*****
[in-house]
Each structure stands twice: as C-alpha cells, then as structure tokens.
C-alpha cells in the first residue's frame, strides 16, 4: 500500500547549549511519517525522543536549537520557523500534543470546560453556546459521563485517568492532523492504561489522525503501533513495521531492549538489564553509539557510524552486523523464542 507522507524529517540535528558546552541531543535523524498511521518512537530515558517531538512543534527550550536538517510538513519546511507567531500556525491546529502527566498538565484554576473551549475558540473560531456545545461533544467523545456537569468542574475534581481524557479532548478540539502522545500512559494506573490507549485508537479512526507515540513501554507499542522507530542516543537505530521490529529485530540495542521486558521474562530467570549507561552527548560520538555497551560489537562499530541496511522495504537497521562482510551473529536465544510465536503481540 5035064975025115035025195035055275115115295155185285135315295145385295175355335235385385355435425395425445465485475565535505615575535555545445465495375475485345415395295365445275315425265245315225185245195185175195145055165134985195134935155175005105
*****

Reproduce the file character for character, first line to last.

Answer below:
[in-house]
Each structure stands twice: as C-alpha cells, then as structure tokens.
C-alpha cells in the first residue's frame, strides 16, 4: 500500500547549549511519517525522543536549537520557523500534543470546560453556546459521563485517568492532523492504561489522525503501533513495521531492549538489564553509539557510524552486523523464542 507522507524529517540535528558546552541531543535523524498511521518512537530515558517531538512543534527550550536538517510538513519546511507567531500556525491546529502527566498538565484554576473551549475558540473560531456545545461533544467523545456537569468542574475534581481524557479532548478540539502522545500512559494506573490507549485508537479512526507515540513501554507499542522507530542516543537505530521490529529485530540495542521486558521474562530467570549507561552527548560520538555497551560489537562499530541496511522495504537497521562482510551473529536465544510465536503481540 5035064975025115035025195035055275115115295155185285135315295145385295175355335235385385355435425395425445465485475565535505615575535555545445465495375475485345415395295365445275315425265245315225185245195185175195145055165134985195134935155175005105